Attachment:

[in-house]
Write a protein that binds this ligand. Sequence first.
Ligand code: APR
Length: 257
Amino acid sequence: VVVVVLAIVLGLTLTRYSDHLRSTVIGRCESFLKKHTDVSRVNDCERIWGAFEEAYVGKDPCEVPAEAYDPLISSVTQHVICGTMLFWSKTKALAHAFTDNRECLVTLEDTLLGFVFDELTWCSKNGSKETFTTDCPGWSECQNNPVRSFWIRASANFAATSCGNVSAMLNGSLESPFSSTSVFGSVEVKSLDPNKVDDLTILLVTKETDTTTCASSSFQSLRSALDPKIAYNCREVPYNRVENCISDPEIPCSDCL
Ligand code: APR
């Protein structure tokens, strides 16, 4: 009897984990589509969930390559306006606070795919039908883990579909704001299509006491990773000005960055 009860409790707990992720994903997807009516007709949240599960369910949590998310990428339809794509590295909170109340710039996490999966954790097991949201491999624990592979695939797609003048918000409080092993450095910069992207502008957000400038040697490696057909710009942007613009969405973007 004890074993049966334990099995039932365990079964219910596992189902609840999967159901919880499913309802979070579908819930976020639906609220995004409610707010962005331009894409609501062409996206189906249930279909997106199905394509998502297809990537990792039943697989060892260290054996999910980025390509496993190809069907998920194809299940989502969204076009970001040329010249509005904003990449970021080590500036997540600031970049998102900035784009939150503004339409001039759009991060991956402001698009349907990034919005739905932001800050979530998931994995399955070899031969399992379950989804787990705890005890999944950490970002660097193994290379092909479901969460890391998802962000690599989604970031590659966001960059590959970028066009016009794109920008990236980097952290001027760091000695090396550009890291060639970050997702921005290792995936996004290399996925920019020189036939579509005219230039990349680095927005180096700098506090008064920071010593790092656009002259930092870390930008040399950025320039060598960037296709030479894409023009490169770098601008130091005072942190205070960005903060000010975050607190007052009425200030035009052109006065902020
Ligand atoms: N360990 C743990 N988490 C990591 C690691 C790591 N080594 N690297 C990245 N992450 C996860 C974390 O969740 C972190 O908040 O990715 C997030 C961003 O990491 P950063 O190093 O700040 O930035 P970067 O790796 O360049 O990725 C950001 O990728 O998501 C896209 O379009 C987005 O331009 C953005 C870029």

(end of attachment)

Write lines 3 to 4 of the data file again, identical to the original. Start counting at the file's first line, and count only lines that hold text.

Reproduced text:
Ligand code: APR
Length: 257